Based on the content and teaching points, a model was formulated for developing the KBTS consisting of the following steps. 

Step 1: Developing hierarchy modules, objectives and teaching points to be covered by the KBTS

Step 2: Development of the appropriate Content 

Step 3: To make an instructional design to logically connect the content matter

Step 4: To develop a presentation plan and design based on pedagogical principles.

Step 5: Incorporation and organization of Multimedia elements

Step 6: Using suitable authoring tools to integrate all the resources

Step 7: Alpha Testing of KBTS

Step 8: User Manual preparation

Step 9: Pilot Study

 

Step 1: Developing hierarchy modules, the Objectives and teaching points to be covered by the KBTS

At the top level, KBTS consists of the three identified modules. Under each module, appropriate specific objectives corresponding the modules were identified and listed. For each of the specified objectives, the underlying teaching points were selected. The teaching points deal with the specified chunk of content. Learning a set of teaching points will lead to the achievement of the relevant specific objective and the achievement a set of specific objectives will cover the respective instructional module. This hierarchy is represented in Figure 2.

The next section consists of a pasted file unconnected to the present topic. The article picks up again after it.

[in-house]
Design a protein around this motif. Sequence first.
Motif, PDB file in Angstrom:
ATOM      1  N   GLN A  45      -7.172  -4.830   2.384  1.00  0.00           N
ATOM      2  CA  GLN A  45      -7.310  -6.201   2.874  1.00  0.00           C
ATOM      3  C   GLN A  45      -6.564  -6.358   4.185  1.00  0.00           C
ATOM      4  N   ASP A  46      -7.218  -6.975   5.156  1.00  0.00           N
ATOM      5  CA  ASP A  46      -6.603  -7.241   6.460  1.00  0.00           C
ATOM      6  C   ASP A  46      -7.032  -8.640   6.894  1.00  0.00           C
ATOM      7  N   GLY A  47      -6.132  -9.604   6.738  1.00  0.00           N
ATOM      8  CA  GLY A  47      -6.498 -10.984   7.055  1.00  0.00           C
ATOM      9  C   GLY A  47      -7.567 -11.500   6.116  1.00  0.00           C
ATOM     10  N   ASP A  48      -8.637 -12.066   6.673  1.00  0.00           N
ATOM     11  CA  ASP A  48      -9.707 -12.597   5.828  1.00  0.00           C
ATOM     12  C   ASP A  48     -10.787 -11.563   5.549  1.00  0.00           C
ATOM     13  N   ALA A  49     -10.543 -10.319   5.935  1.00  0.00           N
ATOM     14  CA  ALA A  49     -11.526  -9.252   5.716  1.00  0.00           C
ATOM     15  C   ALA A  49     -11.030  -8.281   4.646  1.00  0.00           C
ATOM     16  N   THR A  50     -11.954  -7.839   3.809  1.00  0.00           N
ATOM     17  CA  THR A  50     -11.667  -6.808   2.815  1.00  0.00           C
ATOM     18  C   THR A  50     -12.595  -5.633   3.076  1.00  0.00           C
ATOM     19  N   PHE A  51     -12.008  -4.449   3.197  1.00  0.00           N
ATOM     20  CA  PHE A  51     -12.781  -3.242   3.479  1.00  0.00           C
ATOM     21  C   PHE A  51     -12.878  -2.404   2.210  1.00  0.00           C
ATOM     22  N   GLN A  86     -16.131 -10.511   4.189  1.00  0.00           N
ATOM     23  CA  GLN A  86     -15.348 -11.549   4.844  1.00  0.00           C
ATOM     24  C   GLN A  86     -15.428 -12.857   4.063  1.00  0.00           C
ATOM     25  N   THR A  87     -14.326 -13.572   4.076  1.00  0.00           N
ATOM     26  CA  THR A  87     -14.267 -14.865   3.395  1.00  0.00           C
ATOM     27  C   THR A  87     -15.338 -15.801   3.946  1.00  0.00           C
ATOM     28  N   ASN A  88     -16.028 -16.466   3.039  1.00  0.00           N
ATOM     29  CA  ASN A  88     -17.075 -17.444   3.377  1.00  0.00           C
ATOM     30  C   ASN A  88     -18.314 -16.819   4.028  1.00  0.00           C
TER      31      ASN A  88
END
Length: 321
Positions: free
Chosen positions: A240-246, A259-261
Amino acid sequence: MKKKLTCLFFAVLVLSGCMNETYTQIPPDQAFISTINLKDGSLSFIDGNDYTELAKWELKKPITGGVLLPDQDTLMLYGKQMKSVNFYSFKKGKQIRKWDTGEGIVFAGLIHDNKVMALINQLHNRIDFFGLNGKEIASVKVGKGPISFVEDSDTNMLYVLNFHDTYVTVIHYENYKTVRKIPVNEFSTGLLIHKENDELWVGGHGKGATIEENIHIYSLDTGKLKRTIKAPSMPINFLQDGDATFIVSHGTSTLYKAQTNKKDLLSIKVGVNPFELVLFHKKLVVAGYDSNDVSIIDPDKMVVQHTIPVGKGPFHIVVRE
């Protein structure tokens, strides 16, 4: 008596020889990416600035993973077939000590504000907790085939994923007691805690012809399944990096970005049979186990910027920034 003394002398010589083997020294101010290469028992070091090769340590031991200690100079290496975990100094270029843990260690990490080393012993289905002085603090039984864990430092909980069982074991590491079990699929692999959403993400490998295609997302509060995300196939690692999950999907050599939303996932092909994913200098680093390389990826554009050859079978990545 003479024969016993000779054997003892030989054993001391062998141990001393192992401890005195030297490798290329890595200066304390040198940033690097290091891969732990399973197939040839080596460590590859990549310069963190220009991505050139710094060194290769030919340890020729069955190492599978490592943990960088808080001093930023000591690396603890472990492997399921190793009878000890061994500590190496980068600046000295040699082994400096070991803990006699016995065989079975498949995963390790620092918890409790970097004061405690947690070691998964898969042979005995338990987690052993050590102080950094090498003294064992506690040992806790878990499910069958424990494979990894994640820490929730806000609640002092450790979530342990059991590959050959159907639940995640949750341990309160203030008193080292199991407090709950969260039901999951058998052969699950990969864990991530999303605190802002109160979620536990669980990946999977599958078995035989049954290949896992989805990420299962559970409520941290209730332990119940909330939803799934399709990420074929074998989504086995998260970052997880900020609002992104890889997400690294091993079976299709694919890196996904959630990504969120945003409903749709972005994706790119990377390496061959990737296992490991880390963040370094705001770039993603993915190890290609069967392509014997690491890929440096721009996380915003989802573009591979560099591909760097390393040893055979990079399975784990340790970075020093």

Step 2: Development of the appropriate Content

The teaching points were used as the basic instructional element and for each teaching appropriate learning resources were developed by review of relent book and other media. The multimedia elements of graphics, audio, video and animations were used in such a way as to make a seamless integration of different types of contents 

Step 3: To make an instructional design to logically connect the content matter

A logical and systematic sequencing of the content is an essential requirement for effective learning (Bloom 1956). At the beginning of each module, overviews of the content covered in the module were specified for proper orientation of the learner towards the content. The ever relevant learning principles of “simple to complex”, “known to unknown” and “concrete to abstract” were kept in mind for sequencing the content matter. A well-integrated combination text, graphics, animation and audio were incorporated in the KBTS. Embedded self-test were included at suitable places.